Cadbury has approached the UK’s Takeover Panel, asking it to impose a deadline for Kraft to make an offer.
Companies that are targeted for takeover frequently approach the Takeover Panel in order to limit potential damage and minimize distraction for management. The panel normally sets a deadline of about a month, and if an offer is not forthcoming, any talk of takeover would be put off for at least six months.
However, sources close to the matter have reportedly said that the panel could make a decision within the next week.
It has been just two weeks since Cadbury turned down Kraft’s offer of £7.45 ($12.06) per share – which values Cadbury at about $16.4bn – and since then rumors have been rife about rival suitors for the British confectionery giant. Now, Cadbury shares are lingering around £7.90 ($12.80) and analysts have suggested that Cadbury may be worried that this premium could shrink if talks about a potential takeover drag on.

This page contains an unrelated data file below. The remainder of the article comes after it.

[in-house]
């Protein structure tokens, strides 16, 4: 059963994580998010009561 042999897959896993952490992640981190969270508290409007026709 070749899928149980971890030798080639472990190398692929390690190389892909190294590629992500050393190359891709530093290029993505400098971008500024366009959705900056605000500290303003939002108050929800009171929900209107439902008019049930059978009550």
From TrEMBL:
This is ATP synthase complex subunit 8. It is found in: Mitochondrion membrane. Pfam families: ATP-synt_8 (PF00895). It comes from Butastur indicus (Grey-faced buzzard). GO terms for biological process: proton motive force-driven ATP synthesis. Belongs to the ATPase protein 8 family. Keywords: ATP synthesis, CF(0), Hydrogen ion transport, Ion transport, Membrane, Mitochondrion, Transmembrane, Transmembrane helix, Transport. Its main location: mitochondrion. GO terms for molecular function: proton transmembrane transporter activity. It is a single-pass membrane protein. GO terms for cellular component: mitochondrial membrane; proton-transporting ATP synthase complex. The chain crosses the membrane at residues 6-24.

Meanwhile, in a closed conference with investors on Tuesday, Merrill Lynch/Bank of America sales specialist Simon Archer said he spoke with Cadbury CEO Todd Stitzer.
Although Cadbury has yet to make his comments public, Archer published a note which said: "Todd admitted that there is some strategic sense in combining the two companies and he doesn't expect Kraft to walk away, so he said his job is to get as much value as possible.”
And speaking with The Wall Street Journal this week, Stitzer said: “I would never say there's not some strategic sense in these businesses coming together,” and spoke of the “complementary elements” of the two companies.
The Wall Street Journal has interpreted these comments as meaning he has “softened” on the idea of a Kraft takeover, while analysts have said that the chance of other offers, from the likes of Hershey or Nestle, are becoming less likely as time passes.
In an open letter to Kraft earlier this month, Cadbury chairman Roger Carr said the bid was “unattractive and fundamentally undervalues Cadbury.”
The letter went on to say: “Under your proposal, Cadbury would be absorbed into Kraft’s low growth, conglomerate business model, an unappealing prospect which contrasts sharply with our strategy.”
Archer also said in his note that Kraft CEO Irene Rosenfeld, speaking at the same conference as Stitzer on Tuesday, called Cadbury “quite a compelling opportunity but not at any price.”